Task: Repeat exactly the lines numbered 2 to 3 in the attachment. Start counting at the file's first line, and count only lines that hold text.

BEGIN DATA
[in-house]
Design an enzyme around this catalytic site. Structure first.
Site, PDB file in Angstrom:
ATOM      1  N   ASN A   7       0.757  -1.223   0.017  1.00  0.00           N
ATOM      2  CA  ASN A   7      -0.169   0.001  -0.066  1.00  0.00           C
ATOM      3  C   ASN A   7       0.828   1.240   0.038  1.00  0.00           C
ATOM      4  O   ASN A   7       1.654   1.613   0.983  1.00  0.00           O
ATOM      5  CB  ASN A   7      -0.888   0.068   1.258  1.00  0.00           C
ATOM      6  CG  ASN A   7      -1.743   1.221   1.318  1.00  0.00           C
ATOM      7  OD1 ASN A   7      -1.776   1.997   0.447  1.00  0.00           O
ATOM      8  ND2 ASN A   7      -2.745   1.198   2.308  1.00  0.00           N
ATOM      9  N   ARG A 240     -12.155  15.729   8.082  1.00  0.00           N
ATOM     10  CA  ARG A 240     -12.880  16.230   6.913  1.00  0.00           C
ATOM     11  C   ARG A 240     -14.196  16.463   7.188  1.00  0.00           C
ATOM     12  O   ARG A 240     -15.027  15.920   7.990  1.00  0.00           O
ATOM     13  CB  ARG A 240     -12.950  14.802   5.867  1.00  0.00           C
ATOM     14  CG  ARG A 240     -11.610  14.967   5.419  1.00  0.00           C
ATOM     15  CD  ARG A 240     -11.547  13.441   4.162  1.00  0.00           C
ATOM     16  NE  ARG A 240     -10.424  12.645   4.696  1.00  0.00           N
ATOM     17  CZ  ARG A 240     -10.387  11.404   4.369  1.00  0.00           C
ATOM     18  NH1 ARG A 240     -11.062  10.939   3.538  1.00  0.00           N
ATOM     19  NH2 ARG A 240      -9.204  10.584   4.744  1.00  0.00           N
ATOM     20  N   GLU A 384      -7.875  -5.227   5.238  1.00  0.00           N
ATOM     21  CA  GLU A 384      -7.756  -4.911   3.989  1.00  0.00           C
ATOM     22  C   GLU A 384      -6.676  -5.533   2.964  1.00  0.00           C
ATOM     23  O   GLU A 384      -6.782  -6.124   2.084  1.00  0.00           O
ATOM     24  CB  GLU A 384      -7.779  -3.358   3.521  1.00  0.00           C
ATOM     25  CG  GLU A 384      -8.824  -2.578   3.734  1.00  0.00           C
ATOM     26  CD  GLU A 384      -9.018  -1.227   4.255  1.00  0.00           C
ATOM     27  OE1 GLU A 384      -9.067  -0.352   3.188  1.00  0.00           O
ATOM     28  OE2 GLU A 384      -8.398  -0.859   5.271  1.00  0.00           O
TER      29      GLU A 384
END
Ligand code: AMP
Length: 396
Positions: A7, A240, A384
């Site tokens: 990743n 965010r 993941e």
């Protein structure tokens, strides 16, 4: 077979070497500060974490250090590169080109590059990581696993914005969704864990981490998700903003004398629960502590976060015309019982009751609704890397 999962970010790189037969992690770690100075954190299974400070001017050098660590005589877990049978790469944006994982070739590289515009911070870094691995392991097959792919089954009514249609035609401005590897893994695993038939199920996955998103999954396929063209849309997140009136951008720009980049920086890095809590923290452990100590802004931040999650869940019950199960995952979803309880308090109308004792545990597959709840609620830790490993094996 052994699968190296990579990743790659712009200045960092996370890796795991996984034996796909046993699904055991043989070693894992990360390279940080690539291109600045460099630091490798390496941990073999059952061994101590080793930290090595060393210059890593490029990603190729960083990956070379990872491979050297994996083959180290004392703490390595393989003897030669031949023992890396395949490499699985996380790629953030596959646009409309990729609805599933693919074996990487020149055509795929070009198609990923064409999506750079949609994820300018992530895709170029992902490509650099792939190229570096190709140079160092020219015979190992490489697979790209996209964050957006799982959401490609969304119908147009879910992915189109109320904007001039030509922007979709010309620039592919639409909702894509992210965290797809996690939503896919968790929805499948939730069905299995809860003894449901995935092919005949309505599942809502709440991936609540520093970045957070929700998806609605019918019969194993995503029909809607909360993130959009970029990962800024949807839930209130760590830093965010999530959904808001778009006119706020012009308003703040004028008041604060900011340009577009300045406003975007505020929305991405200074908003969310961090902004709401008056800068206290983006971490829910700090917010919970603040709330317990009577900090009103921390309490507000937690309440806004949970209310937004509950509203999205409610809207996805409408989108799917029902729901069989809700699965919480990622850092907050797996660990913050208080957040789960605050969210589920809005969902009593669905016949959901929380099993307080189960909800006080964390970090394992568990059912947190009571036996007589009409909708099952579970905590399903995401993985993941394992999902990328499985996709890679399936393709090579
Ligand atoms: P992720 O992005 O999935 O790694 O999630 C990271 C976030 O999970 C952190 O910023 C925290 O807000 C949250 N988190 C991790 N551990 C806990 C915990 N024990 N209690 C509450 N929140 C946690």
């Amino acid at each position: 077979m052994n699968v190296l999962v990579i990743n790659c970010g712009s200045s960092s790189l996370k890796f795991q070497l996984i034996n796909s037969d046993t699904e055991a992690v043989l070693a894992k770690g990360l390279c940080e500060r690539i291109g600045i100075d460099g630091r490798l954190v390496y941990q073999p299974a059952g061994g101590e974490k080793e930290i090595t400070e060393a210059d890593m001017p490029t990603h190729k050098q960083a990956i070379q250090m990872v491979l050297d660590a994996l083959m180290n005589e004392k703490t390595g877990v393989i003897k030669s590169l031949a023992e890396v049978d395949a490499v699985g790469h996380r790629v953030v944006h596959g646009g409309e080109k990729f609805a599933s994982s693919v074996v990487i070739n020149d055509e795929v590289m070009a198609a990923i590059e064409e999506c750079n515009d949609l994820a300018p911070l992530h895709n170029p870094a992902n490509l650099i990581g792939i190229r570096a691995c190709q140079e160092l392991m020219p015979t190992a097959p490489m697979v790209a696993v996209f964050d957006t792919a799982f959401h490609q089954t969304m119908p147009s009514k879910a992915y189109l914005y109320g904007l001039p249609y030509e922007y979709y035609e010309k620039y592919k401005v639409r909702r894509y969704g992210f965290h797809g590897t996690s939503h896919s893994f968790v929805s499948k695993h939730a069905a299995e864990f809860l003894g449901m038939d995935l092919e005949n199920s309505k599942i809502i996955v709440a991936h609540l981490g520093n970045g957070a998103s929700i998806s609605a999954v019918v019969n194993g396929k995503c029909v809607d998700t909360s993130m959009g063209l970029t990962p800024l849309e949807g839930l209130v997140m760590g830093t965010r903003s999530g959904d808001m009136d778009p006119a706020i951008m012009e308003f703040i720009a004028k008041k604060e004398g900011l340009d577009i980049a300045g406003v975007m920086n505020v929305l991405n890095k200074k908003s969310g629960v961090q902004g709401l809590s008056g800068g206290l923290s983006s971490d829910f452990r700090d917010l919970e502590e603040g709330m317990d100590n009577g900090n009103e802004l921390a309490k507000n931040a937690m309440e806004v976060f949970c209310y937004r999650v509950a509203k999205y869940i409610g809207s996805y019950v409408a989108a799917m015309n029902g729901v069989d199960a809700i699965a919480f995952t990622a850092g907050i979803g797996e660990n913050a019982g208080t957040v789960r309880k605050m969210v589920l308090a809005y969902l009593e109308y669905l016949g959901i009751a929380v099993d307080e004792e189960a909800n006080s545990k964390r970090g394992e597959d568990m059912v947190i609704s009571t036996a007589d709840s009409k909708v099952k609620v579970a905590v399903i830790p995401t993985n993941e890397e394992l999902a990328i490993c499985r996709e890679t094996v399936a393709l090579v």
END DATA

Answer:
Design an enzyme around this catalytic site. Structure first.
Site, PDB file in Angstrom: